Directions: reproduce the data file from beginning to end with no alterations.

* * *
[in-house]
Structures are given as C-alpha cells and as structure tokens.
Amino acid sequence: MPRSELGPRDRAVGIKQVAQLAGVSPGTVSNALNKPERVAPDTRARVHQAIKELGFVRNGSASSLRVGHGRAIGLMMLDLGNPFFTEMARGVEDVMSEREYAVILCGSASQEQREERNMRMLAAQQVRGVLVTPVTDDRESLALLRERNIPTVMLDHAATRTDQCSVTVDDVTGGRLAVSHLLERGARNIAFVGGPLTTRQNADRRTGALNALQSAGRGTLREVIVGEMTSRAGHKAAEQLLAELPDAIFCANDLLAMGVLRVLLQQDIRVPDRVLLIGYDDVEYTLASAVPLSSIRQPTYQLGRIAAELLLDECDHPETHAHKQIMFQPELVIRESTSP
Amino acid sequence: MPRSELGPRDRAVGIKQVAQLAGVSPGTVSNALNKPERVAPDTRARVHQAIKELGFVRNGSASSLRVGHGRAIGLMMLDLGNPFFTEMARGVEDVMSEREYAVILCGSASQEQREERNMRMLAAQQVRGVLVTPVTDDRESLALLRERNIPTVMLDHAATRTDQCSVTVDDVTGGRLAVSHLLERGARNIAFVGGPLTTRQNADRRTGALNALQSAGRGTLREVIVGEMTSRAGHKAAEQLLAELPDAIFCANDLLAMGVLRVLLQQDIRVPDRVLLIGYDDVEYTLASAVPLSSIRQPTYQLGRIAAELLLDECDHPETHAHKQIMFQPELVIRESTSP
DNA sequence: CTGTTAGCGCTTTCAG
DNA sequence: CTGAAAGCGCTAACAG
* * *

[in-house]
Structures are given as C-alpha cells and as structure tokens.
Amino acid sequence: MPRSELGPRDRAVGIKQVAQLAGVSPGTVSNALNKPERVAPDTRARVHQAIKELGFVRNGSASSLRVGHGRAIGLMMLDLGNPFFTEMARGVEDVMSEREYAVILCGSASQEQREERNMRMLAAQQVRGVLVTPVTDDRESLALLRERNIPTVMLDHAATRTDQCSVTVDDVTGGRLAVSHLLERGARNIAFVGGPLTTRQNADRRTGALNALQSAGRGTLREVIVGEMTSRAGHKAAEQLLAELPDAIFCANDLLAMGVLRVLLQQDIRVPDRVLLIGYDDVEYTLASAVPLSSIRQPTYQLGRIAAELLLDECDHPETHAHKQIMFQPELVIRESTSP
Amino acid sequence: MPRSELGPRDRAVGIKQVAQLAGVSPGTVSNALNKPERVAPDTRARVHQAIKELGFVRNGSASSLRVGHGRAIGLMMLDLGNPFFTEMARGVEDVMSEREYAVILCGSASQEQREERNMRMLAAQQVRGVLVTPVTDDRESLALLRERNIPTVMLDHAATRTDQCSVTVDDVTGGRLAVSHLLERGARNIAFVGGPLTTRQNADRRTGALNALQSAGRGTLREVIVGEMTSRAGHKAAEQLLAELPDAIFCANDLLAMGVLRVLLQQDIRVPDRVLLIGYDDVEYTLASAVPLSSIRQPTYQLGRIAAELLLDECDHPETHAHKQIMFQPELVIRESTSP
DNA sequence: CTGTTAGCGCTTTCAG
DNA sequence: CTGAAAGCGCTAACAG